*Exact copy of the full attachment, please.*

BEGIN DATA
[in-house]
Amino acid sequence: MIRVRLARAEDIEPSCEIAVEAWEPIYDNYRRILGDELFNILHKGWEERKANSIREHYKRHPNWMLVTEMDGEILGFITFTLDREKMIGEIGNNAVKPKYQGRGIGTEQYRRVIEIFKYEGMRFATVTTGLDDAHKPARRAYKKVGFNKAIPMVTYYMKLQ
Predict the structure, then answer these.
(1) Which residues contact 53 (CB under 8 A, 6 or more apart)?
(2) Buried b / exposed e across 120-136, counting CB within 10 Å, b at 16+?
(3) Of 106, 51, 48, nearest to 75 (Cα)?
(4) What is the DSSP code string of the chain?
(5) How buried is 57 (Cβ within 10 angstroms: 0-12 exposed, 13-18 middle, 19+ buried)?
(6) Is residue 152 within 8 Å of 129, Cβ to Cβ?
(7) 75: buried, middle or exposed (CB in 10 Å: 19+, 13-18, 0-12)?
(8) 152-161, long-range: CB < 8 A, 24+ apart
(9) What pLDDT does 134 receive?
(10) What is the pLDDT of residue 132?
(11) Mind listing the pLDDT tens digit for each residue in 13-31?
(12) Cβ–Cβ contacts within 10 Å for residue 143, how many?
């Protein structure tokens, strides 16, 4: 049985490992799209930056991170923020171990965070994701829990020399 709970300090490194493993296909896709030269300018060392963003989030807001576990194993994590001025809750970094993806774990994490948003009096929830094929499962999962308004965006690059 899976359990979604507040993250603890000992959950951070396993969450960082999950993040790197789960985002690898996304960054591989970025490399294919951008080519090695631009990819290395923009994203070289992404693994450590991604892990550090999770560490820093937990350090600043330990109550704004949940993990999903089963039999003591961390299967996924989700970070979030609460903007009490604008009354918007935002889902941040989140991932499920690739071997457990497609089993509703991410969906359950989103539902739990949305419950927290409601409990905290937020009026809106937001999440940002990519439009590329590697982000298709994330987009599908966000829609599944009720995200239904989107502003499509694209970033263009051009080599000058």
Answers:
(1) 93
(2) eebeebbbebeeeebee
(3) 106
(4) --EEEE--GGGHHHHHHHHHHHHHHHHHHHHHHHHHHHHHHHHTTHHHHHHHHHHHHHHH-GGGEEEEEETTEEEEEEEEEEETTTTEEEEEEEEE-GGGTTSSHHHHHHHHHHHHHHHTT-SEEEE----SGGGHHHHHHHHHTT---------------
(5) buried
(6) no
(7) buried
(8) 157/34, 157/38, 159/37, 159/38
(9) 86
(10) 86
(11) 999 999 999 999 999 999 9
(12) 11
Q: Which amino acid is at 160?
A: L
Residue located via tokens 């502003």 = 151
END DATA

[in-house]
Amino acid sequence: MIRVRLARAEDIEPSCEIAVEAWEPIYDNYRRILGDELFNILHKGWEERKANSIREHYKRHPNWMLVTEMDGEILGFITFTLDREKMIGEIGNNAVKPKYQGRGIGTEQYRRVIEIFKYEGMRFATVTTGLDDAHKPARRAYKKVGFNKAIPMVTYYMKLQ
Predict the structure, then answer these.
(1) Which residues contact 53 (CB under 8 A, 6 or more apart)?
(2) Buried b / exposed e across 120-136, counting CB within 10 Å, b at 16+?
(3) Of 106, 51, 48, nearest to 75 (Cα)?
(4) What is the DSSP code string of the chain?
(5) How buried is 57 (Cβ within 10 angstroms: 0-12 exposed, 13-18 middle, 19+ buried)?
(6) Is residue 152 within 8 Å of 129, Cβ to Cβ?
(7) 75: buried, middle or exposed (CB in 10 Å: 19+, 13-18, 0-12)?
(8) 152-161, long-range: CB < 8 A, 24+ apart
(9) What pLDDT does 134 receive?
(10) What is the pLDDT of residue 132?
(11) Mind listing the pLDDT tens digit for each residue in 13-31?
(12) Cβ–Cβ contacts within 10 Å for residue 143, how many?
């Protein structure tokens, strides 16, 4: 049985490992799209930056991170923020171990965070994701829990020399 709970300090490194493993296909896709030269300018060392963003989030807001576990194993994590001025809750970094993806774990994490948003009096929830094929499962999962308004965006690059 899976359990979604507040993250603890000992959950951070396993969450960082999950993040790197789960985002690898996304960054591989970025490399294919951008080519090695631009990819290395923009994203070289992404693994450590991604892990550090999770560490820093937990350090600043330990109550704004949940993990999903089963039999003591961390299967996924989700970070979030609460903007009490604008009354918007935002889902941040989140991932499920690739071997457990497609089993509703991410969906359950989103539902739990949305419950927290409601409990905290937020009026809106937001999440940002990519439009590329590697982000298709994330987009599908966000829609599944009720995200239904989107502003499509694209970033263009051009080599000058």
Answers:
(1) 93
(2) eebeebbbebeeeebee
(3) 106
(4) --EEEE--GGGHHHHHHHHHHHHHHHHHHHHHHHHHHHHHHHHTTHHHHHHHHHHHHHHH-GGGEEEEEETTEEEEEEEEEEETTTTEEEEEEEEE-GGGTTSSHHHHHHHHHHHHHHHTT-SEEEE----SGGGHHHHHHHHHTT---------------
(5) buried
(6) no
(7) buried
(8) 157/34, 157/38, 159/37, 159/38
(9) 86
(10) 86
(11) 999 999 999 999 999 999 9
(12) 11
Q: Which amino acid is at 160?
A: L
Residue located via tokens 């502003």 = 151